National Team, Debt Binge, Earnings: A Week in China's Markets
(Bloomberg) -- State funds support the stock market, the yuan does very little, and a local-government debt binge gets analysts worried about where the liquidity will come from. Here’s a roundup of what we’ve been talking about in China markets this week.
Stocks briefly slipped below their post-crash low from 2016 before state funds began buying stocks on Aug. 20 -- the first time in months we’ve confirmed this kind of intervention. That triggered a two-day rebound and got the market thinking about whether the Beijing put can finally place a floor on this year’s $2.5 trillion equity rout. Traders onshore don’t seem convinced by this week’s gains: turnover dropped to the lowest in four years.
Education-linked stocks took another hit on renewed concerns over tighter regulation. A document in circulation was seen to spark the losses, though Jefferies says it added nothing new to last week’s draft legislation to amend rules governing the private education sector.
Xiaomi Corp. reported its maiden results as a Hong Kong-listed company. The stock rallied 7.2 percent Thursday before erasing all gains to close lower, in a sign that traders are still very much in two minds about its business model. While sales growth numbers are impressive (as are its ambitions to expand overseas), the unprofitable company isn’t squeezing much money from cheap smartphones.
AAC Technologies Holdings Inc. delivered yet another shocker for Chinese tech. Profit missed estimates by a mile and the shares slumped as much as 11 percent before reversing course, with traders telling us that some short sellers were covering their positions. It was also a big week for insurers: AIA Group Ltd.’s report failed to wow and Ping An Insurance (Group) Co. said its shares -- which had their best week since February -- are undervalued.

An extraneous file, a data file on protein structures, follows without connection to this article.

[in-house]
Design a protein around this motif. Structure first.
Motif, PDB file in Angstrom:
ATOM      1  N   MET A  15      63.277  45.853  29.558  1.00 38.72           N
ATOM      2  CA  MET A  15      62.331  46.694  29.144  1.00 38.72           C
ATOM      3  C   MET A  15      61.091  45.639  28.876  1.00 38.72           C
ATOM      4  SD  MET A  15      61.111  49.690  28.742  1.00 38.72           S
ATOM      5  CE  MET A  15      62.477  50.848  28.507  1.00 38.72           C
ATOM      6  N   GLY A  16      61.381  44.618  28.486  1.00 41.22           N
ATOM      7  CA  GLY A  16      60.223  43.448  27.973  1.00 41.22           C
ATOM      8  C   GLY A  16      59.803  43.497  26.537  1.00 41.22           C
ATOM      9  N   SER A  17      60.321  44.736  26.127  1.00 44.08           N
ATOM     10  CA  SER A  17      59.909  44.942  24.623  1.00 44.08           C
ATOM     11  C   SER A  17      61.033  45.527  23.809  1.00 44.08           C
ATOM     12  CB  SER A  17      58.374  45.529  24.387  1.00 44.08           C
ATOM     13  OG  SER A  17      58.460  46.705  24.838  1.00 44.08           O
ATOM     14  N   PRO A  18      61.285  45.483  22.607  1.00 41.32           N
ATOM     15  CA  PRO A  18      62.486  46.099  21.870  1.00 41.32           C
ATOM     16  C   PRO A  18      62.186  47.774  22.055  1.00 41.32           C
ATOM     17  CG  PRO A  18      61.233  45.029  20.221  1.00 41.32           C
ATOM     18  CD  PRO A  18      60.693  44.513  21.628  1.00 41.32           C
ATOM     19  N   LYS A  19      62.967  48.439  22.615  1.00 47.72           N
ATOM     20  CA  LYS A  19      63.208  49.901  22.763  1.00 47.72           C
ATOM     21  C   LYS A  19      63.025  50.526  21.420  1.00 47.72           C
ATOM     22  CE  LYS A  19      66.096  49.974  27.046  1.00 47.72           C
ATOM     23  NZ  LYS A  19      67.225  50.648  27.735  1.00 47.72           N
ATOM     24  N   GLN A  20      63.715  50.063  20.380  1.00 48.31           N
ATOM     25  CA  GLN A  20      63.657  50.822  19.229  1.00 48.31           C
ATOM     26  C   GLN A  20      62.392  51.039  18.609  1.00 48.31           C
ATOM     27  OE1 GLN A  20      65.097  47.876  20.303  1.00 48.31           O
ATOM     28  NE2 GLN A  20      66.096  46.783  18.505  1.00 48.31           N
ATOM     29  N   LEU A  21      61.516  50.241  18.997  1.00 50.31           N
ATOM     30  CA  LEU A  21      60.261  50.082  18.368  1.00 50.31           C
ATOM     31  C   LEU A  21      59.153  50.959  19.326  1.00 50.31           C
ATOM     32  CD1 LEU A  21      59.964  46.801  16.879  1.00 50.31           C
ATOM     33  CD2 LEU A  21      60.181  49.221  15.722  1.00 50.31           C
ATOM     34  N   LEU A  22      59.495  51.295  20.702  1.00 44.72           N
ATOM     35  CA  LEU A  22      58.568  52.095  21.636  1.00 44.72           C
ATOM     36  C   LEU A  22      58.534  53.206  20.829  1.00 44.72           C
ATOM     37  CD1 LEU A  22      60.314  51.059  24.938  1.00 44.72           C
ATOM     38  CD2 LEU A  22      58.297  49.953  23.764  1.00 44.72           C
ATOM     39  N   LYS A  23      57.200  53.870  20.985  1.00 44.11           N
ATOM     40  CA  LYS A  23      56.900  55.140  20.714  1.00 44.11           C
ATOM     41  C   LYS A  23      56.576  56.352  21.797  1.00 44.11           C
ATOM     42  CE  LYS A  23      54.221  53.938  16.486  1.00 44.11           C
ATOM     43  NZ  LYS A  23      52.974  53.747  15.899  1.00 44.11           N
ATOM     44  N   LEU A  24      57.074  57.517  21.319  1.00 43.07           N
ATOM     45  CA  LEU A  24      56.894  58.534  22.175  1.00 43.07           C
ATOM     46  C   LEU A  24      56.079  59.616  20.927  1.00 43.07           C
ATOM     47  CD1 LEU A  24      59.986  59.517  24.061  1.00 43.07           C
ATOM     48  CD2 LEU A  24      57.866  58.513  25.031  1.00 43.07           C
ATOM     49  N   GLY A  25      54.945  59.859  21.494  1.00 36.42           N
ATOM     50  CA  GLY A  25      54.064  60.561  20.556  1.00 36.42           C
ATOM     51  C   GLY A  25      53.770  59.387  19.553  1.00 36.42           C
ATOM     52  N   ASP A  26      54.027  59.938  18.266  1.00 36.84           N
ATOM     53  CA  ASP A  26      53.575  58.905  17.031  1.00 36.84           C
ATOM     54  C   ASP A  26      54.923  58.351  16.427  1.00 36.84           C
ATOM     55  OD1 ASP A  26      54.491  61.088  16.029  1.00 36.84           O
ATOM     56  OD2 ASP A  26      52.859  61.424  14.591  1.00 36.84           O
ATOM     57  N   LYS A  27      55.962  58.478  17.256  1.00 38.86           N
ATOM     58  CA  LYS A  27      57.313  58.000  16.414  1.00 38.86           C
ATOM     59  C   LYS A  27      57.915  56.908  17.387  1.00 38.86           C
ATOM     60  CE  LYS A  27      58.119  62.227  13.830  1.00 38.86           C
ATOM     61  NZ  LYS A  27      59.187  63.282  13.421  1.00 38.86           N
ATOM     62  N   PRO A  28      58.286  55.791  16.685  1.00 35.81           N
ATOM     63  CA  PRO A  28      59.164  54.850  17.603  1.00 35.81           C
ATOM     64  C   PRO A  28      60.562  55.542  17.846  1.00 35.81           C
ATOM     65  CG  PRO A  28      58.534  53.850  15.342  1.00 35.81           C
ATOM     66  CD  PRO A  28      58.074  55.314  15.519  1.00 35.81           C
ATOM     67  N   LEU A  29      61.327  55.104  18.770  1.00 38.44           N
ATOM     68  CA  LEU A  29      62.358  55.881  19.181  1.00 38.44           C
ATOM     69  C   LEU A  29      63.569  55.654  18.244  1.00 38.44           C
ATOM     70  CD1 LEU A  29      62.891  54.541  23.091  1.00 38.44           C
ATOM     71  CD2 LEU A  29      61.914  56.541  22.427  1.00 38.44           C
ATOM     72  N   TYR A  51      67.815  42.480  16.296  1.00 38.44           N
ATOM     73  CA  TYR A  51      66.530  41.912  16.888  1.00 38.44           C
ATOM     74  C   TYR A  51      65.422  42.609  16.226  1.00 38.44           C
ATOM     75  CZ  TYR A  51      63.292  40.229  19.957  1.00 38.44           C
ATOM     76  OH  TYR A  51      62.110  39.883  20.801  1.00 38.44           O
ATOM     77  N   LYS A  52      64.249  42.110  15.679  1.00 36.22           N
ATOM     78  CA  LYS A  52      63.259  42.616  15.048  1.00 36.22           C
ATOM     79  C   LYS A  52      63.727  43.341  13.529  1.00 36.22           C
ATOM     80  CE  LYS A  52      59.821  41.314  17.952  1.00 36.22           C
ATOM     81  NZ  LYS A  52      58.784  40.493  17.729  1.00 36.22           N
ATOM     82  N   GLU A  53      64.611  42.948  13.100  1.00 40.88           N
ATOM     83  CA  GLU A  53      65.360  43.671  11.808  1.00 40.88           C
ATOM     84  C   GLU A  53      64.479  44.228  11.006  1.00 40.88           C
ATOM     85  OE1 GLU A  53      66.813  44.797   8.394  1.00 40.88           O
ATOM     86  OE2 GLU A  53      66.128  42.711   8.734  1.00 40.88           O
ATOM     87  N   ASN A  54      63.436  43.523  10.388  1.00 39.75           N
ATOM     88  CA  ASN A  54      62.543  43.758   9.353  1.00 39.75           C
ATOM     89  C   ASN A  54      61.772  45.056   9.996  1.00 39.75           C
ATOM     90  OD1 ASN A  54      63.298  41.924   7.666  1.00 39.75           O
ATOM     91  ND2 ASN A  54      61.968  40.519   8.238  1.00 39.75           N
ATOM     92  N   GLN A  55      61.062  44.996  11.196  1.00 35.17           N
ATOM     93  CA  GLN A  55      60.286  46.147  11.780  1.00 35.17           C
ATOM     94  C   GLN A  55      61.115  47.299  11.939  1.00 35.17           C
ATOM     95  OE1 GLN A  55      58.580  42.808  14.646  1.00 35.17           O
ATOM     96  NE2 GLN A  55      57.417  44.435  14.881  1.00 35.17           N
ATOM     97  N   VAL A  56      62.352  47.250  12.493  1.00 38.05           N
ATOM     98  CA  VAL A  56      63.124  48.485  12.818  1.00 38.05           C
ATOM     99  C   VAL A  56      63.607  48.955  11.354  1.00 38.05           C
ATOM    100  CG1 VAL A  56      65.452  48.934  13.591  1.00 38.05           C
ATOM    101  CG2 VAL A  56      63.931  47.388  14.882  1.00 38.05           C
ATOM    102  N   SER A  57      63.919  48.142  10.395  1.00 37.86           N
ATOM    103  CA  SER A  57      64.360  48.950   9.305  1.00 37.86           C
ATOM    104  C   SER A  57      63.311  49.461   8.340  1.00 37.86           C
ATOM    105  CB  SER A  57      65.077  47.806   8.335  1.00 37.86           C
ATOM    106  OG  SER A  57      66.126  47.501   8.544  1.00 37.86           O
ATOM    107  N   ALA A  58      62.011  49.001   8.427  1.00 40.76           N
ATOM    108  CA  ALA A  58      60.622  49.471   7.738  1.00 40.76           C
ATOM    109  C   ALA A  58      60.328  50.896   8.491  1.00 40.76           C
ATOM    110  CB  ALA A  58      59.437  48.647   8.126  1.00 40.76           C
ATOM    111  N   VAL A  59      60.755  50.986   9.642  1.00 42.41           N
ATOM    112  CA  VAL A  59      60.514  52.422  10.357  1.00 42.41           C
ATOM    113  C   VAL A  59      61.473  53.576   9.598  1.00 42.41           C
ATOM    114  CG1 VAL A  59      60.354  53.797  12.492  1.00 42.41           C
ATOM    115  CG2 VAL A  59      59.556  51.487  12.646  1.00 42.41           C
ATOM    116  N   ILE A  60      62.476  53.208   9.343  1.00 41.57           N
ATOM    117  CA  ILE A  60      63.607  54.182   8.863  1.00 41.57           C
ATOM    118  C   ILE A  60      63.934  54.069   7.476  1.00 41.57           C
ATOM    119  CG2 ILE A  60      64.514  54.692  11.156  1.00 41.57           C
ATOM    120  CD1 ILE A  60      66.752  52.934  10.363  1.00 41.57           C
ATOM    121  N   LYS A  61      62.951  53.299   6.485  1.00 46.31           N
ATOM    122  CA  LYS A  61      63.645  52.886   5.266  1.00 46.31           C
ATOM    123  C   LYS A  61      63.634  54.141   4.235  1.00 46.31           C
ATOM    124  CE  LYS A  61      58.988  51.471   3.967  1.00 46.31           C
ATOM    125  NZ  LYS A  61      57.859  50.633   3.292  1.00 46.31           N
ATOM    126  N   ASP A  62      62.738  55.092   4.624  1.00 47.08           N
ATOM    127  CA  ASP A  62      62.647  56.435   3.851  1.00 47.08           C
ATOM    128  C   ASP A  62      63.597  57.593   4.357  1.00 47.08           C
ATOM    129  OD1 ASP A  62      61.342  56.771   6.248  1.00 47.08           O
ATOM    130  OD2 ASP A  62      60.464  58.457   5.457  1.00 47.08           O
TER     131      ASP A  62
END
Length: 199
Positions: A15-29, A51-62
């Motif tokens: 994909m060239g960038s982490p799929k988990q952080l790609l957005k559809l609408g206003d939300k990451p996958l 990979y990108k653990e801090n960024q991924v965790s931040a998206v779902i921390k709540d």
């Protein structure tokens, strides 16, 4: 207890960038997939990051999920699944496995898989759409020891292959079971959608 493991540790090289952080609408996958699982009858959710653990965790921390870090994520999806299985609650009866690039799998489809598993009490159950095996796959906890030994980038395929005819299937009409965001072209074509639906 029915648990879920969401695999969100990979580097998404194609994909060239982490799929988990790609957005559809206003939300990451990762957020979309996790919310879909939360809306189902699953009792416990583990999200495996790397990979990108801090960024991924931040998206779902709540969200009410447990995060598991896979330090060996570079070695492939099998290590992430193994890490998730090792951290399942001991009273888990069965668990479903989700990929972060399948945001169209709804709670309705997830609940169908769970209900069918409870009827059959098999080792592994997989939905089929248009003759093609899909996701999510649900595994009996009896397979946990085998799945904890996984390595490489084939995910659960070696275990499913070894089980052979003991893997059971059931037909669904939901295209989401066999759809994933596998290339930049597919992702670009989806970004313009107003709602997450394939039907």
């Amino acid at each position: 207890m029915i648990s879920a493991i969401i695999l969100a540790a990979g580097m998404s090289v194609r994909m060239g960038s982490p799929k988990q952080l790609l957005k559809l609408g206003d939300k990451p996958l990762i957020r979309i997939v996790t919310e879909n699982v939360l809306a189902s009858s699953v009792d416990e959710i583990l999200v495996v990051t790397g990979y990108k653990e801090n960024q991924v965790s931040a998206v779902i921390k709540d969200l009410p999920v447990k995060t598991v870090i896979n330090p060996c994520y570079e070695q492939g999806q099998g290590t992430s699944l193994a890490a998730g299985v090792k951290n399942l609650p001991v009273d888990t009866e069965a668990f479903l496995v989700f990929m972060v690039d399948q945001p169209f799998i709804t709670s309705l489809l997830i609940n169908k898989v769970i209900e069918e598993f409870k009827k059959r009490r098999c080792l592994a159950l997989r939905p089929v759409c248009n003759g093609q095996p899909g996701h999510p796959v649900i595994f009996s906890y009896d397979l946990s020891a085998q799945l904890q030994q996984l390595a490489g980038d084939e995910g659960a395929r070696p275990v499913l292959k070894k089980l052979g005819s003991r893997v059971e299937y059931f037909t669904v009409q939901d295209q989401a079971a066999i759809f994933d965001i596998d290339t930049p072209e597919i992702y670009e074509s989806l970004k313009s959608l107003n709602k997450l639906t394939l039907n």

Yuan steady, Hong Kong intervenes
The yuan set a five-day winning streak on Wednesday, its longest in a year, supported by a stronger fixing rate from the central bank. Officials vowed to keep the currency stable and said they won’t use it as a weapon in the trade spat with the U.S. However, news of no major progress in another round of Sino-U.S. tariff negotiations ensured the currency was on track for its smallest weekly move since March.
Hong Kong was at it again defending the peg, buying nearly HK$1.8 billion as city’s currency touched the weak end of its permitted trading band. While the strengthening U.S. dollar is making this an expensive process, people are more interested in what may happen to Hong Kong’s borrowing costs if the Federal Reserve raises rates next month.
There’s a flood of new local government bonds on the market. Authorities need more funds to act on Beijing’s push to boost infrastructure spending, one of the key stimulus plans outlined recently in a bid to boost China’s slowing economy. Analysts are warning that the pick up in issuance may further dry up liquidity and force the People’s Bank of China to take more action.
At least concerns over corporate defaults are easing. China’s short-term junk bond yields retreated, with the premium over higher rated notes on track to narrow the most since November 2016 in August.
Chart of the week
American investors made a $513 million bet that China’s largest stocks will rebound, their biggest since 2012. It was a pretty good place to be in the past few days: the FTSE China A50 Index had its best week since May 2017.
Here’s what else caught our eye.
- Chinese banks can now be controlled by foreigners.
- Alibaba’s most lucrative business is slowing.
- China’s households are holding on to the yuan, not too keen on the dollar.
- The bond trading link gets an upgrade.
- Goldman Sachs Group Inc. shuts two Asia hedge funds.
- Stock traders are loving China’s largest maker of soy sauce.
- Jack Ma fights off competition in the food-delivery business.
- Tencent Holdings Ltd.’s struggle to bring its hottest game to China.
- Citigroup Inc.’s Asia equities business is on track for a pretty good year.
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